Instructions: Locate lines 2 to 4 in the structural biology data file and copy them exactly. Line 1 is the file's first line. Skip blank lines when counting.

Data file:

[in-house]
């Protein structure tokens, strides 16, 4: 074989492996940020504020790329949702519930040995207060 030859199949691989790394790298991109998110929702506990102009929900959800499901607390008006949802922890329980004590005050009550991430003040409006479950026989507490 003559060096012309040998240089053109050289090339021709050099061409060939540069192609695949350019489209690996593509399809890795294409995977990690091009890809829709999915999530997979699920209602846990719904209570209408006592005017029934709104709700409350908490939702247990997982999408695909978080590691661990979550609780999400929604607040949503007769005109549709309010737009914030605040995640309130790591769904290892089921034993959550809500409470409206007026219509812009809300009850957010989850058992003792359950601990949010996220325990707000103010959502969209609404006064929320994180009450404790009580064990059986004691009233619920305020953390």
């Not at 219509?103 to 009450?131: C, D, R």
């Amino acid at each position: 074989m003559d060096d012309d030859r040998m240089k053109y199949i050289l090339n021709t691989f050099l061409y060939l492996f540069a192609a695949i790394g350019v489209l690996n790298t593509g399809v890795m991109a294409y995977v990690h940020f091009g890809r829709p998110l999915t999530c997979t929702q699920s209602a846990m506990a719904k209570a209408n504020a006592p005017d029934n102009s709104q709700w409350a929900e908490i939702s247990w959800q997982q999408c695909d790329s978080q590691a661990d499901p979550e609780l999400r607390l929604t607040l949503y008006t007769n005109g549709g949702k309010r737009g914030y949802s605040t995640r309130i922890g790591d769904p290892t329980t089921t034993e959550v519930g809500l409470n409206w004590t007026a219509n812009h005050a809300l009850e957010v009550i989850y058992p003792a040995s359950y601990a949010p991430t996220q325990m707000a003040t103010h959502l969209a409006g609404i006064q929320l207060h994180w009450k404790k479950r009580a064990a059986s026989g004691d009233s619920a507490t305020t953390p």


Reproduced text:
């Protein structure tokens, strides 16, 4: 074989492996940020504020790329949702519930040995207060 030859199949691989790394790298991109998110929702506990102009929900959800499901607390008006949802922890329980004590005050009550991430003040409006479950026989507490 003559060096012309040998240089053109050289090339021709050099061409060939540069192609695949350019489209690996593509399809890795294409995977990690091009890809829709999915999530997979699920209602846990719904209570209408006592005017029934709104709700409350908490939702247990997982999408695909978080590691661990979550609780999400929604607040949503007769005109549709309010737009914030605040995640309130790591769904290892089921034993959550809500409470409206007026219509812009809300009850957010989850058992003792359950601990949010996220325990707000103010959502969209609404006064929320994180009450404790009580064990059986004691009233619920305020953390």
């Not at 219509?103 to 009450?131: C, D, R």
């Amino acid at each position: 074989m003559d060096d012309d030859r040998m240089k053109y199949i050289l090339n021709t691989f050099l061409y060939l492996f540069a192609a695949i790394g350019v489209l690996n790298t593509g399809v890795m991109a294409y995977v990690h940020f091009g890809r829709p998110l999915t999530c997979t929702q699920s209602a846990m506990a719904k209570a209408n504020a006592p005017d029934n102009s709104q709700w409350a929900e908490i939702s247990w959800q997982q999408c695909d790329s978080q590691a661990d499901p979550e609780l999400r607390l929604t607040l949503y008006t007769n005109g549709g949702k309010r737009g914030y949802s605040t995640r309130i922890g790591d769904p290892t329980t089921t034993e959550v519930g809500l409470n409206w004590t007026a219509n812009h005050a809300l009850e957010v009550i989850y058992p003792a040995s359950y601990a949010p991430t996220q325990m707000a003040t103010h959502l969209a409006g609404i006064q929320l207060h994180w009450k404790k479950r009580a064990a059986s026989g004691d009233s619920a507490t305020t953390p």